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Adaptive properties in the dynamics of the human locomotor -respiratory system
The purpose of this dissertation was to gain insight into the integration of the locomotory and respiratory systems by studying the coordinative behaviors that emerge in response to changing constraints. This was accomplished by utilizing analytical methods that have recently provided new insights into their adaptive strategies. Three studies were carried out that focused on different specific constraints that influence the interaction of the locomotory and respiratory systems. The first study investigated the relationship between stride frequency and locomotor-respiratory coordination (LRC) and the effect of LRC on the metabolic cost and ventilatory efficiency during running. It was found that stride frequency is a critical parameter affecting LRC and that the strength of LRC was not related to lower metabolic cost during running. In contrast, greater strength of coordination observed during running at preferred speed was associated with lower ventilatory efficiency. The second study examined the influence of mechanical constraints on LRC. The magnitude of mechanical perturbations imposed on the respiratory system by the upper body were not related to the strength of LRC. Instead, the timing within the stride cycle influenced the nature of LRC variability. It is likely that the coupling between these rhythms is not a passive mechanism but is related to active muscular control of the upper body, primarily influencing the variability of the coupling. The third study investigated the relationship between LRC and upper body control under normal and challenged postural and ventilatory conditions. These challenges resulted in significant changes in upper body control strategies including increases in the variability of motion. The postural challenge, however, did not act to further couple the respiratory rhythm to the locomotor rhythm and the ventilatory challenge did not act to decouple the rhythms. Together, the results of the current set of experiments illustrate the importance of variability in LRC and that mechanical constraints do not act to couple respiration to movement during human locomotion, as is typically assumed. Finally, the integration of upper body control and respiration has important implications for the study of gait stability.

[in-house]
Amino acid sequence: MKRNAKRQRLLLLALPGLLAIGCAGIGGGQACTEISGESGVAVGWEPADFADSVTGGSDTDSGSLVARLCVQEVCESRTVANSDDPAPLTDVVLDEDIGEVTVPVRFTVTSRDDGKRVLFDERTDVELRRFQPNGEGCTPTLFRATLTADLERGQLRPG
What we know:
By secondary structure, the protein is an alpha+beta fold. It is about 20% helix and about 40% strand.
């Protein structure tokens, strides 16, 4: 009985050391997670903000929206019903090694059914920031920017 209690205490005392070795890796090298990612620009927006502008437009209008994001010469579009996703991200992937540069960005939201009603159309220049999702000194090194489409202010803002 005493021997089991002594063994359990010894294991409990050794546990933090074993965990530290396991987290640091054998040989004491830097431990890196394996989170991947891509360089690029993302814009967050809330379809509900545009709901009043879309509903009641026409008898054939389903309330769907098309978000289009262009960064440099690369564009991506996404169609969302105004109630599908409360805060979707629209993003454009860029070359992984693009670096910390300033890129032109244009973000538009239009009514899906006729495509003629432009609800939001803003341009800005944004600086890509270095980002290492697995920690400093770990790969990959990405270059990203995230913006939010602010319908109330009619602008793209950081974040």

McDermott, William J, "Adaptive properties in the dynamics of the human locomotor -respiratory system" (2005). Doctoral Dissertations Available from Proquest. AAI3163688.